Renovatio: The Passport 615 Page 2
Handsome joinery belowdecks is standard on all Passports. Most of the custom work is done at the factory in China, but it can also be done at the company’s facilities in Maryland and Florida. “On this boat,” said Wagner, “both the owners like to cook and enjoy being in the galley together. But neither wants to get in the way of the other, which is why there is a large amount of galley workspace and storage areas. We have fitted drawers, shelves and lockers everywhere.
“We are still adding custom touches. When the dishes and cutlery come on board, for example, we will modify the storage arrangement accordingly. We’ll also put a handrail here, and a shelf or two there. It’s all part of the process. At this price you should get the boat the way you want it and not the way someone tells you it should be.”
Renovatio has a three-cabin layout with the owner’s stateroom aft, a pilot cabin to starboard ahead of the saloon for the couple’s child and a guest cabin forward. The interior looks unusually spacious, thanks to long sight lines that run through the galley and the saloon. There’s also a four-cabin layout with a slightly smaller engine room.
In the owner’s cabin, I particularly liked the custom stainless foldout vanity/computer station seat fabricated by the factory. There’s lots of storage back here and it’s divided equally into his and hers spaces. The owners have selected marble and granite counters for both the head—which is very spacious—and galley.
The collapsible dining table in the saloon opens and expands with a leaf. Eight can dine comfortably here.
When I commented on the nice treatment of the settee corner, Wagner explained, “Those C-shaped settees you often see do hold a lot of people, but there’s no place for someone to cuddle up in the corner and read a book. And you can’t sleep on them unless you like to sleep in a C-shape.”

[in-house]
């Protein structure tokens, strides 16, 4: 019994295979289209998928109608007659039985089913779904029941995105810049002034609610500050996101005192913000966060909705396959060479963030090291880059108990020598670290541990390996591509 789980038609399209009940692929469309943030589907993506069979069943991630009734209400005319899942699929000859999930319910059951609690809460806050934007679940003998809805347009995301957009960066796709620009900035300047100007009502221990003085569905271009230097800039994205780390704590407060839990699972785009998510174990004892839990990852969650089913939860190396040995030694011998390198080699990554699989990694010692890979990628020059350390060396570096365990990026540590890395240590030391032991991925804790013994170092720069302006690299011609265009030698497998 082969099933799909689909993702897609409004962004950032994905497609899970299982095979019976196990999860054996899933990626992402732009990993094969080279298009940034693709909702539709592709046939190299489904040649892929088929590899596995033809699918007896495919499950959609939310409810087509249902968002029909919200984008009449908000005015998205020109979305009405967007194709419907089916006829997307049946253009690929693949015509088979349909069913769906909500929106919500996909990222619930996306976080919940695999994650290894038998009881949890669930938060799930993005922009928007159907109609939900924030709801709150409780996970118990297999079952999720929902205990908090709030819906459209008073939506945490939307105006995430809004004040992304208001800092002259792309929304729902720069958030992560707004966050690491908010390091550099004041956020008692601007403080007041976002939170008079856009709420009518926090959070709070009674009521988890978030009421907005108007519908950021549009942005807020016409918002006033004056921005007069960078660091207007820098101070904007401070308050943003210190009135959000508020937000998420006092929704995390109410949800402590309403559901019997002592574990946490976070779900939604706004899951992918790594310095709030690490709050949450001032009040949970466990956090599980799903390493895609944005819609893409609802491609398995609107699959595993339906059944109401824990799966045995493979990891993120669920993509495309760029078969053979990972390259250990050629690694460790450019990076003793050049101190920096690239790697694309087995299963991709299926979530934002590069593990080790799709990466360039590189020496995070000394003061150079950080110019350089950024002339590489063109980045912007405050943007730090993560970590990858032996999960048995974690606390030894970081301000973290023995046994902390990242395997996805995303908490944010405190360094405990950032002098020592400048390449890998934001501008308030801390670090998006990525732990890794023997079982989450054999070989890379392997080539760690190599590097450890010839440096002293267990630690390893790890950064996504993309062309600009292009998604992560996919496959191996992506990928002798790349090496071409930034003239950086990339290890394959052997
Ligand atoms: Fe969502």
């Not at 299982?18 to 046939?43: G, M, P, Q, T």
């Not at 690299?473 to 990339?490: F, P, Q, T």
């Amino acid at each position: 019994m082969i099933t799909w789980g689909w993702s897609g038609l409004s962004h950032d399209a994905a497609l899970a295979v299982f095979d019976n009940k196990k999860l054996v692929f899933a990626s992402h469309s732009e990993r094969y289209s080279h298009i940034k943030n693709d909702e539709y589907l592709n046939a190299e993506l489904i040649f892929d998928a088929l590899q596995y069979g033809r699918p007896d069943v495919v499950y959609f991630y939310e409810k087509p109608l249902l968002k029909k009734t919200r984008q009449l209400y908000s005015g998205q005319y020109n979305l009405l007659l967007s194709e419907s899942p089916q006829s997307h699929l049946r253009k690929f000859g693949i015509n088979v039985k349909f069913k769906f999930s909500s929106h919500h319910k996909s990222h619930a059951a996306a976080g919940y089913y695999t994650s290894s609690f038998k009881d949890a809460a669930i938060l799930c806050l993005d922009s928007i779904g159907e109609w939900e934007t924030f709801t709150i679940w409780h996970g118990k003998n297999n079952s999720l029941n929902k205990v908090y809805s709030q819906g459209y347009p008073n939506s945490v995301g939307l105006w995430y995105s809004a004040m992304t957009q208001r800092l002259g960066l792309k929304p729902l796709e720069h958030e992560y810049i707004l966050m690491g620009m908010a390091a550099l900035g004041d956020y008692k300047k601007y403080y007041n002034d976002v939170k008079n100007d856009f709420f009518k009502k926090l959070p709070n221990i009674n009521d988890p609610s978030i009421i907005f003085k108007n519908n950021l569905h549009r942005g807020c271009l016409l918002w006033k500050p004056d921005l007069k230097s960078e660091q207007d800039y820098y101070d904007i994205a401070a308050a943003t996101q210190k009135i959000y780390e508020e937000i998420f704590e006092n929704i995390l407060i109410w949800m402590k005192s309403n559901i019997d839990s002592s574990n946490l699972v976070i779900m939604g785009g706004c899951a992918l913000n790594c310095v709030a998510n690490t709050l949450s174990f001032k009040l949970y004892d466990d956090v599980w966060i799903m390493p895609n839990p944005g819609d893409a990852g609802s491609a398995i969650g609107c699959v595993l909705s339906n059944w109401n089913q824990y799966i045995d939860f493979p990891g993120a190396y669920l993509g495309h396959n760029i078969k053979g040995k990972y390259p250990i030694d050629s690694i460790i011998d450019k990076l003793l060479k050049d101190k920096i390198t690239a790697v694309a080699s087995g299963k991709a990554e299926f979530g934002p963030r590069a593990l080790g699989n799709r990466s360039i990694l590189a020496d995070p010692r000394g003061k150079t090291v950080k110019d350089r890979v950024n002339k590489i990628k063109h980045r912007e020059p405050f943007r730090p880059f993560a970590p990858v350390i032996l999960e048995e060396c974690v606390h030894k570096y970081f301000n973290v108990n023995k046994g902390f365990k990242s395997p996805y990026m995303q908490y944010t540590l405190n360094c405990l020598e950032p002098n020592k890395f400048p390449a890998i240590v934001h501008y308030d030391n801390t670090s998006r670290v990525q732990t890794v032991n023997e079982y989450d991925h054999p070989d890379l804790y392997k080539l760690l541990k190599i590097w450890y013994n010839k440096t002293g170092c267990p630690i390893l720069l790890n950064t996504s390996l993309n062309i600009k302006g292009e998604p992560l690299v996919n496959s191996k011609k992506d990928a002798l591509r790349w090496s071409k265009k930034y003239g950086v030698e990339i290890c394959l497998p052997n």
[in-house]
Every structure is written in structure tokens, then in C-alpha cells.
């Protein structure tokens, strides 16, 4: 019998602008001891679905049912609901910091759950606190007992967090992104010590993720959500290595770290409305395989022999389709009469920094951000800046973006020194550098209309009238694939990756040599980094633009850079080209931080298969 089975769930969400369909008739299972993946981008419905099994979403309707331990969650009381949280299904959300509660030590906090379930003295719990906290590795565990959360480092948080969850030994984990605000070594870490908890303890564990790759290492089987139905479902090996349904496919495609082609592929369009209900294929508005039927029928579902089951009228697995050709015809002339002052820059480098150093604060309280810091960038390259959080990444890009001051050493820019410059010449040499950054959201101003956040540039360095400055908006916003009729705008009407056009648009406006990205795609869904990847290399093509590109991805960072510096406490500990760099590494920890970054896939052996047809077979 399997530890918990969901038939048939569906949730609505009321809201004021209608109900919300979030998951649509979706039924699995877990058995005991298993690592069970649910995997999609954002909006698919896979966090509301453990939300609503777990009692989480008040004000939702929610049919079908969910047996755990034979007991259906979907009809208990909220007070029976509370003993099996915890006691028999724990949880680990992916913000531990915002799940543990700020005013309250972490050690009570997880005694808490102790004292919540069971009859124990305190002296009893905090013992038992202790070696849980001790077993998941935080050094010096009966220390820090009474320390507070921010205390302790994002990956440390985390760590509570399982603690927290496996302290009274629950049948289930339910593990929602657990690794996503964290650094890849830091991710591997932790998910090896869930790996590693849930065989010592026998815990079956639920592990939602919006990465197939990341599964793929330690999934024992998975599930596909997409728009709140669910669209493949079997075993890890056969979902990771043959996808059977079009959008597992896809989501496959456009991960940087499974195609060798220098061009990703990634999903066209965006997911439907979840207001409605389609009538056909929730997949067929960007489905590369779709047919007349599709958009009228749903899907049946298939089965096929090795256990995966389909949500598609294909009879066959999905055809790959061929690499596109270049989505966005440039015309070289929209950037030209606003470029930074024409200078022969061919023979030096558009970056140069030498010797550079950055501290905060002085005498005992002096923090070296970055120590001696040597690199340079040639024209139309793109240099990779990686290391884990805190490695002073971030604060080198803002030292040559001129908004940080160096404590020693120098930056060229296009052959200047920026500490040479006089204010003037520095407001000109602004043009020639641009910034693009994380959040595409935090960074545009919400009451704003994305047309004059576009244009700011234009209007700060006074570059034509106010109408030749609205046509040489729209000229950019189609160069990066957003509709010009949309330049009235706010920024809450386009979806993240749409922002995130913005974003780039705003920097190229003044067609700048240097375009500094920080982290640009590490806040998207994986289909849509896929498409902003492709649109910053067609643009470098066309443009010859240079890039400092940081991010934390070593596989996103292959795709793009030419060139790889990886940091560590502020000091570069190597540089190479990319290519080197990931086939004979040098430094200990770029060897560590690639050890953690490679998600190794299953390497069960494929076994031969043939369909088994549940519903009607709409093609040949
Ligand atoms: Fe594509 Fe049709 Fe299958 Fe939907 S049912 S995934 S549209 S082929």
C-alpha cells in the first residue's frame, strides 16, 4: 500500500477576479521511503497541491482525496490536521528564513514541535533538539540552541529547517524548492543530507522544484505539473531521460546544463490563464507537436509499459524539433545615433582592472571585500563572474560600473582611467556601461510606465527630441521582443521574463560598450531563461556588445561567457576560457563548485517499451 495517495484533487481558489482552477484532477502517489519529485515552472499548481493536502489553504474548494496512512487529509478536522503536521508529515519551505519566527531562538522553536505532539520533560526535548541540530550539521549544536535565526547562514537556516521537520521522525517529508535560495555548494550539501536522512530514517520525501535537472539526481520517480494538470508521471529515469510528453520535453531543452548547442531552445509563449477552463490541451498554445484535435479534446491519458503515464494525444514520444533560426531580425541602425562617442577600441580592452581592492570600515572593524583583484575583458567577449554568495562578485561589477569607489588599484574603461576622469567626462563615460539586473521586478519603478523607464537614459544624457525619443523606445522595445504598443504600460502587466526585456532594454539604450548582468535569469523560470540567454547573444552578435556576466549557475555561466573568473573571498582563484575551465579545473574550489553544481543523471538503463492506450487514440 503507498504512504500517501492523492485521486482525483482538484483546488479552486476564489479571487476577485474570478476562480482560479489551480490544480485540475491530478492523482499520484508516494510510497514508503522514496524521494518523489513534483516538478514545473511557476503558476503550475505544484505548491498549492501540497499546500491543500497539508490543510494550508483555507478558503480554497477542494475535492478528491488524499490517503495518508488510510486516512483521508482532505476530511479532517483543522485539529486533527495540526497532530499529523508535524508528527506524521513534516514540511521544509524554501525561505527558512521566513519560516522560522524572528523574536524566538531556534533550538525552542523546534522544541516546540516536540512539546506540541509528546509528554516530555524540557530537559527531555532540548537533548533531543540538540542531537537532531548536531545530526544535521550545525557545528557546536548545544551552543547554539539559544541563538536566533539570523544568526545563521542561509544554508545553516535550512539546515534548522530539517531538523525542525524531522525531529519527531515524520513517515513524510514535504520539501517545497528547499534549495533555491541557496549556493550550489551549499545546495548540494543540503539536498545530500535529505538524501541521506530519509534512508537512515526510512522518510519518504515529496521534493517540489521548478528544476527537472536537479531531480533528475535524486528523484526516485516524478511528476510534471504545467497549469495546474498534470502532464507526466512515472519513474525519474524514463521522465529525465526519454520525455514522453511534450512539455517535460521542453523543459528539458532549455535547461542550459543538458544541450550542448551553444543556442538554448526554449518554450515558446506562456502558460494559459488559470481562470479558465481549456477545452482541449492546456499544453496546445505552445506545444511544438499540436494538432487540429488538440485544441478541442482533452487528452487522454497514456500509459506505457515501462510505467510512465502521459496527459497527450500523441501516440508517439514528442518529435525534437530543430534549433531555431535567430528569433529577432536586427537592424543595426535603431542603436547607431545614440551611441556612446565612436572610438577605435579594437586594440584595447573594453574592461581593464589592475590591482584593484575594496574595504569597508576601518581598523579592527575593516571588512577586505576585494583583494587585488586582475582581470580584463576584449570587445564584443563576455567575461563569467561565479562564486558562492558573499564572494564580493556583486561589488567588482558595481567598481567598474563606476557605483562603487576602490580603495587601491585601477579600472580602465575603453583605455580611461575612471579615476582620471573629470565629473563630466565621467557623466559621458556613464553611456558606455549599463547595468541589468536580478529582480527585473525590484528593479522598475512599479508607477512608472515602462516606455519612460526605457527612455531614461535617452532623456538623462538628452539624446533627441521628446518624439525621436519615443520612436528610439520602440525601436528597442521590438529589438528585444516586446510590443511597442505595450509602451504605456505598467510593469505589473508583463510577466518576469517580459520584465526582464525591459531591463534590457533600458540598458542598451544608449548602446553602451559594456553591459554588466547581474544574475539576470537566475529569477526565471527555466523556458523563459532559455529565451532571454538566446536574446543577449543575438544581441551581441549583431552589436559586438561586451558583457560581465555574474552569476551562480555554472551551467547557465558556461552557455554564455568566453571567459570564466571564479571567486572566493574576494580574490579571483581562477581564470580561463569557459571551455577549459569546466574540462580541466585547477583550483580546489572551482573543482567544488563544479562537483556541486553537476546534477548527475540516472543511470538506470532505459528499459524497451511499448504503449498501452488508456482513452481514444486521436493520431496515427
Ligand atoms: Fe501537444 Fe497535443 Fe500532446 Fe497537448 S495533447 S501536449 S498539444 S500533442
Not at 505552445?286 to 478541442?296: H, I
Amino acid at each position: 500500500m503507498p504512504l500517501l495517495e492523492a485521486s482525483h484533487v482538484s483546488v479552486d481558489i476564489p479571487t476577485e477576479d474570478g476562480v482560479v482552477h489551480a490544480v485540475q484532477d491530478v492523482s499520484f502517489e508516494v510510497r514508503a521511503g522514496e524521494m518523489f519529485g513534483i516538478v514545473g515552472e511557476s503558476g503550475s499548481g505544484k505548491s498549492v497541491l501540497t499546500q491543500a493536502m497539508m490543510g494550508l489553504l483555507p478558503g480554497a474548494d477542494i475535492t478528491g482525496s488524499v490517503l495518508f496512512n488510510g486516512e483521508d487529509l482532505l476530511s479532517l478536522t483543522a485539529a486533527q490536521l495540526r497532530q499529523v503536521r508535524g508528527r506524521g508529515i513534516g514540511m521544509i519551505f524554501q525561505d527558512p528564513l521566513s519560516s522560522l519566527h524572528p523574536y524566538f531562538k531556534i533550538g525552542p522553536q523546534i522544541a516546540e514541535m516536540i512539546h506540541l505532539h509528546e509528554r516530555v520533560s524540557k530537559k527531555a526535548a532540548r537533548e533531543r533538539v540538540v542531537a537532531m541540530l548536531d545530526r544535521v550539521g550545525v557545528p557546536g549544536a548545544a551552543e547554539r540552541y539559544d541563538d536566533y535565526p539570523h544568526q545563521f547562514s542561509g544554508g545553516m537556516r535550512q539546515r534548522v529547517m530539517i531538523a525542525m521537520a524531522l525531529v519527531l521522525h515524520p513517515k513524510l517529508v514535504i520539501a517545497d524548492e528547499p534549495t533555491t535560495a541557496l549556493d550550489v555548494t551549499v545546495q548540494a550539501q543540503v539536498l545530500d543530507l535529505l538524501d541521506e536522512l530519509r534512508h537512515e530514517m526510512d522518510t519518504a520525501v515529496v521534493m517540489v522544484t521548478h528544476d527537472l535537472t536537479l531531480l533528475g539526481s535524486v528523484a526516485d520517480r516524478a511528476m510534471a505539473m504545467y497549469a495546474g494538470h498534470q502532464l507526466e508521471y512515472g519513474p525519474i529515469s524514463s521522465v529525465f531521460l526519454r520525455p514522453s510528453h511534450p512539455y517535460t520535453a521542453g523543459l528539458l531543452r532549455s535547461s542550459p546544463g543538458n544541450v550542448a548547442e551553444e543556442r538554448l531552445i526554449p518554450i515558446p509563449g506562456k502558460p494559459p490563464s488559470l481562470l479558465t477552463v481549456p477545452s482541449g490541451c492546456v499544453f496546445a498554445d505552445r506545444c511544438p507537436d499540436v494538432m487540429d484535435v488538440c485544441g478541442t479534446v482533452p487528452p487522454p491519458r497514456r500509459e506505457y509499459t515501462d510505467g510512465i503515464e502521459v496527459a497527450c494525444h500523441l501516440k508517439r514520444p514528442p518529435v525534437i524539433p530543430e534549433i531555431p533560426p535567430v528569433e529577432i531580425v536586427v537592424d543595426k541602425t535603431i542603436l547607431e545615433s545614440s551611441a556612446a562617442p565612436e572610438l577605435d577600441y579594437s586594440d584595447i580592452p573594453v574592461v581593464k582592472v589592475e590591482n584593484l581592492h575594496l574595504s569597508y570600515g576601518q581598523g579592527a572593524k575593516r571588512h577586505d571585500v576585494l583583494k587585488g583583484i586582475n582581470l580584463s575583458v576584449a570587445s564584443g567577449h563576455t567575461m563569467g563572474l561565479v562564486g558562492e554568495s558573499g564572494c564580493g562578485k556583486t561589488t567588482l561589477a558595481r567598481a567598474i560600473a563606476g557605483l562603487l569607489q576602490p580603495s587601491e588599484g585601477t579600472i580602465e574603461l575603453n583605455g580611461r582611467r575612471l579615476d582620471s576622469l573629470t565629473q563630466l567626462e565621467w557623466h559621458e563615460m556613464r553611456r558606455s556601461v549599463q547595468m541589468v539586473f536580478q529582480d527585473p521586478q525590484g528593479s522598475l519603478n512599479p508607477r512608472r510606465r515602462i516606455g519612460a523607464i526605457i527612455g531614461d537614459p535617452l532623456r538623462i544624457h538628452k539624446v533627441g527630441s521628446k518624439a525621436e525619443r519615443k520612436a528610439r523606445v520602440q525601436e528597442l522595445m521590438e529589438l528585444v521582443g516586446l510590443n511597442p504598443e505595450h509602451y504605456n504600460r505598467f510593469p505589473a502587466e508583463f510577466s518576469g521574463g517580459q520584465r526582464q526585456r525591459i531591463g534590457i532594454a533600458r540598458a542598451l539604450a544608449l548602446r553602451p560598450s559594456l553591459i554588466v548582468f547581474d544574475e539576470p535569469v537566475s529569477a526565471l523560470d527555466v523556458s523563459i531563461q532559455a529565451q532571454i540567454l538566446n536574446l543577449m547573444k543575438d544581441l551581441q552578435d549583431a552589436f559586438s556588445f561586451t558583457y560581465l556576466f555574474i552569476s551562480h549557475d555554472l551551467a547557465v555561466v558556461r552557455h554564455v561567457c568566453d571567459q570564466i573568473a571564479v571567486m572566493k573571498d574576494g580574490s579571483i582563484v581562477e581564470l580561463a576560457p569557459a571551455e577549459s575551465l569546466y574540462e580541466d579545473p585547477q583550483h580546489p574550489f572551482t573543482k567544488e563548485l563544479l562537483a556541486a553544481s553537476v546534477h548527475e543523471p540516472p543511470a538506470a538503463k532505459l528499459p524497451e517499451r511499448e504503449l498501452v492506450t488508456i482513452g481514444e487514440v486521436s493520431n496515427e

“Because everything today is virtual, we give an owner a weekly report while the boat is under construction,” Wagner said. “It’s kind of like getting baby pictures. We also keep all the photos in a master file, both for future reference and for any modifications the owners might want to make later.” Renovatio’s owners, like 40 percent of all new Passport buyers, also flew to the yard to see firsthand how things were progressing.
Sailing off Annapolis, Maryland, in late October we were greeted with a lovely 8-12 knot breeze, with temperatures in the 50s, clear sky and smooth water. As we entered the bay, we unfurled the main and the 120 percent jib. As soon as the two sails began to draw, the big boat heeled over a little and began to pick up speed. It was a splendid ride that, again, felt as though it was being made aboard a much larger vessel. On this particular boat, Wagner said he would carry the genoa to about 18 knots of true wind and then switch over to the self-tacking blade jib. At this windspeed, the balance was perfect and the steering was effortless.
A few minutes later, simultaneously furling the genoa and unrolling the blade jib, there was no need to tack to trim sheets thanks to the boat’s powerful electric winches. Tacking angles with the blade jib were about 85 degrees, and even with the wind at a steady 12 knots, the speed loss from the smaller headsail was negligible and the boat did stand a bit more upright.
Renovatio is surprisingly agile under power with a turning circle of just over one boat length. It can also stop and then go astern quickly, thanks to its well-matched VariFold four-blade prop. The boat powered up easily to a predicted speed of over 9 knots at 2,200 rpm and 8 knots at a cruising rpm of 1,600. Sound levels in the saloon were a rather low 72dB. Burning 1.75 gallons per hour at cruising rpm, the 510 gallons of fuel will take you a long way if you run out of wind.
Any boat this size that is finished to this standard won’t be inexpensive. Even so, the Passport 615 provides good value, and as an added benefit is handsome, comfortable and safe. It can also produce a good turn of speed under both power and sail. “It doesn’t look like a production boat,” Wagner said. “It looks like a custom boat, but it costs about a million dollars less.”
That shouldn’t come as a surprise because both the designer and builder have well-established records of achievement. On a more personal note, unlike many other boats this size, this one is also a lot of fun to sail.